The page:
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Gender discrimination and growth: theory and evidence from India

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  • Berta Esteve-Volart
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    Abstract

    Gender inequality is an acute and persistent problem, especially in developing countries. This paper argues that gender discrimination is an inefficient practice. We model gender discrimination as the complete exclusion of females from the labor market or as the exclusion of females from managerial positions. The distortions in the allocation of talent between managerial and unskilled positions, and in human capital investment, are analyzed. It is found that both types of discrimination lower economic growth; and that the former also implies a reduction in per capita GDP, while the latter distorts the allocation of talent. Both types of discrimination imply lower female-to-male schooling ratios. We discuss the sustainability of social norms or stigma that can generate discrimination in the form described in this paper. We present evidence based on panel-data regressions across Indian states over 1961-1991 that is consistent with the model¿s predictions.

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    File URL: http://eprints.lse.ac.uk/6641/
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    Bibliographic Info

    Paper provided by London School of Economics and Political Science, LSE Library in its series LSE Research Online Documents on Economics with number 6641.

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    Length: 68 pages
    Date of creation: Jan 2004
    Date of revision:
    Handle: RePEc:ehl:lserod:6641

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    Related research

    Keywords: growth; gender discrimination; labor market; allocation of talent; India;

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    References

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    1. Murphy, Kevin M & Shleifer, Andrei & Vishny, Robert W, 1991. "The Allocation of Talent: Implications for Growth," The Quarterly Journal of Economics, MIT Press, vol. 106(2), pages 503-30, May.
    2. Alan Krueger & Mikael Lindahl, 2000. "Education for Growth: Why and For Whom?," Working Papers 808, Princeton University, Department of Economics, Industrial Relations Section..
    3. Besley, Timothy J. & Burgess, Robin, 2001. "The Political Economy of Government Responsiveness: Theory and Evidence from India," CEPR Discussion Papers 2721, C.E.P.R. Discussion Papers.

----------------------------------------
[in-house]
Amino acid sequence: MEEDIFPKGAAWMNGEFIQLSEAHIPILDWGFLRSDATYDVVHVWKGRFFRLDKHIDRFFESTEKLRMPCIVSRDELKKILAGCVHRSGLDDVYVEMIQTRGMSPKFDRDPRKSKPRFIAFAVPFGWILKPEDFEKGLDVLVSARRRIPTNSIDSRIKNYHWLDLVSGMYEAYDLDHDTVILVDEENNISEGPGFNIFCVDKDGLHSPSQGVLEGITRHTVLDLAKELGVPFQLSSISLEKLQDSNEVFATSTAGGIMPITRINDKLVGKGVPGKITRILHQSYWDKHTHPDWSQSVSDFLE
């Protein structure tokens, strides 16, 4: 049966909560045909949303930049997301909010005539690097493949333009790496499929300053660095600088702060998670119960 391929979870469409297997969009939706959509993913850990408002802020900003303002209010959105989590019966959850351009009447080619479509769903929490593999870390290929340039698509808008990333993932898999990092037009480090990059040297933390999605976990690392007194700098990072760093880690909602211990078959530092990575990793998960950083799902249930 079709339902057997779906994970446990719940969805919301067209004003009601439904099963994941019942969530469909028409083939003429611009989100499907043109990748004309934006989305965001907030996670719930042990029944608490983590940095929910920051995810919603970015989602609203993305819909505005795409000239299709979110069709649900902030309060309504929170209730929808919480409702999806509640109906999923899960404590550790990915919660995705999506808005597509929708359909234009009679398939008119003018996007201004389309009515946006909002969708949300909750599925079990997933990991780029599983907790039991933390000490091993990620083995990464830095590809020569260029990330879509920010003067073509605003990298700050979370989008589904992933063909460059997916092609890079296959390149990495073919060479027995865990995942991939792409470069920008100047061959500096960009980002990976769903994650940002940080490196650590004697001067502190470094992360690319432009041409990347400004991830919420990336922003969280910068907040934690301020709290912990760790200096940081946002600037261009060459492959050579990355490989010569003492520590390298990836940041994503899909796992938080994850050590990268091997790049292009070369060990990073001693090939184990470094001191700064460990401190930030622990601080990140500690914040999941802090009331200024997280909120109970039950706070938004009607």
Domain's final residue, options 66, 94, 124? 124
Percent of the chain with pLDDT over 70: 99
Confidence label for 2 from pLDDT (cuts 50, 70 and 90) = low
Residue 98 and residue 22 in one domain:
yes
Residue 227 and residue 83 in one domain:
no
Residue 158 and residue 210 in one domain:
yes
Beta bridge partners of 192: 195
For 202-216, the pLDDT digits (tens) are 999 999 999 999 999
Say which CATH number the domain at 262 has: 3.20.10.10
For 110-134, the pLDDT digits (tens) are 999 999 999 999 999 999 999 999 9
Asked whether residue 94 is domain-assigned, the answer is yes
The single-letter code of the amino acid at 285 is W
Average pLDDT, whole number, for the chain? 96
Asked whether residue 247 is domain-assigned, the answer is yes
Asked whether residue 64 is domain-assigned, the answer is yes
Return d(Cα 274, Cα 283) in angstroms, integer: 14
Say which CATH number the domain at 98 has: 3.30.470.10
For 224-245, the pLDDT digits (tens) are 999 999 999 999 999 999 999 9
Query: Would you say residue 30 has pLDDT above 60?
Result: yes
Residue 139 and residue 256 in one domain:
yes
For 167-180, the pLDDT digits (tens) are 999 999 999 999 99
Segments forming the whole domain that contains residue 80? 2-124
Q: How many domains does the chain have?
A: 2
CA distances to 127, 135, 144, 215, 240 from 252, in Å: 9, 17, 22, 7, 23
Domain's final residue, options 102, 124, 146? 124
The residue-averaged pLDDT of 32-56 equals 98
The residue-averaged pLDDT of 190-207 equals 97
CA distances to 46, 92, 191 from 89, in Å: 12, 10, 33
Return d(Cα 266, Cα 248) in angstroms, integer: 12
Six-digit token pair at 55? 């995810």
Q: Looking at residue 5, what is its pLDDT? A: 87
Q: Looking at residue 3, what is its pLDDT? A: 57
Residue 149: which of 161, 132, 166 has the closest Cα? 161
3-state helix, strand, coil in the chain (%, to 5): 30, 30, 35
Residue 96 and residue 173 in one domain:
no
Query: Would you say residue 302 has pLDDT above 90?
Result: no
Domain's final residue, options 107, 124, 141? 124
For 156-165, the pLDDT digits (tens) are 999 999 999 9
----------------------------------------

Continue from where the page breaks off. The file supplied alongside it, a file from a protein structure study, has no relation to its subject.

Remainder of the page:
4. Robert E. Lucas Jr., 1978. "On the Size Distribution of Business Firms," Bell Journal of Economics, The RAND Corporation, vol. 9(2), pages 508-523, Autumn.
    5. Malathy Duraisamy & P. Duraisamy, 1999. "Gender Bias in the Scientific and Technical Labour Market: A Comparative Study of Tamil Nadu and Kerala," Indian Economic Review, Department of Economics, Delhi School of Economics, vol. 34(2), pages 149-169, July.
    6. William C. Horrace & Ronald L. Oaxaca, 2001. "Inter-industry wage differentials and the gender wage gap: An identification problem," Industrial and Labor Relations Review, ILR Review, Cornell University, ILR School, vol. 54(3), pages 611-618, April.
    7. Seguino, Stephanie, 2000. "Gender Inequality and Economic Growth: A Cross-Country Analysis," World Development, Elsevier, vol. 28(7), pages 1211-1230, July.
    8. Blau, Francine D. & Kahn, Lawrence M., 1999. "Analyzing the gender pay gap," The Quarterly Review of Economics and Finance, Elsevier, vol. 39(5), pages 625-646.
    9. Pritchett, Lant & Summers, Lawrence H., 1993. "Wealthier is healthier," Policy Research Working Paper Series 1150, The World Bank.
    10. Francois, Patrick, 1998. "Gender discrimination without gender difference: theory and policy responses," Journal of Public Economics, Elsevier, vol. 68(1), pages 1-32, April.
    11. Kremer, Michael, 1993. "The O-Ring Theory of Economic Development," The Quarterly Journal of Economics, MIT Press, vol. 108(3), pages 551-75, August.
    12. Berta Esteve-Volart, 2000. "Sex Discrimination and Growth," IMF Working Papers 00/84, International Monetary Fund.
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    Cited by:
    1. Stephan Klasen & Francesca Lamanna, 2008. "The Impact of Gender Inequality in Education and Employment on Economic Growth in Developing Countries: Updates and Extensions," Ibero America Institute for Econ. Research (IAI) Discussion Papers 175, Ibero-America Institute for Economic Research.
    2. sivakumar, marimuthu, 2008. "Gender Discrimination and Women's Development in India," MPRA Paper 10950, University Library of Munich, Germany.
    3. Akyeampong, Emmanuel & Fofack, Hippolyte, 2012. "The contribution of African women to economic growth and development : historical perspectives and policy implications -- Part I : the pre-colonial and colonial periods," Policy Research Working Paper Series 6051, The World Bank.
    4. Petia Topalova, 2008. "India," IMF Working Papers 08/54, International Monetary Fund.

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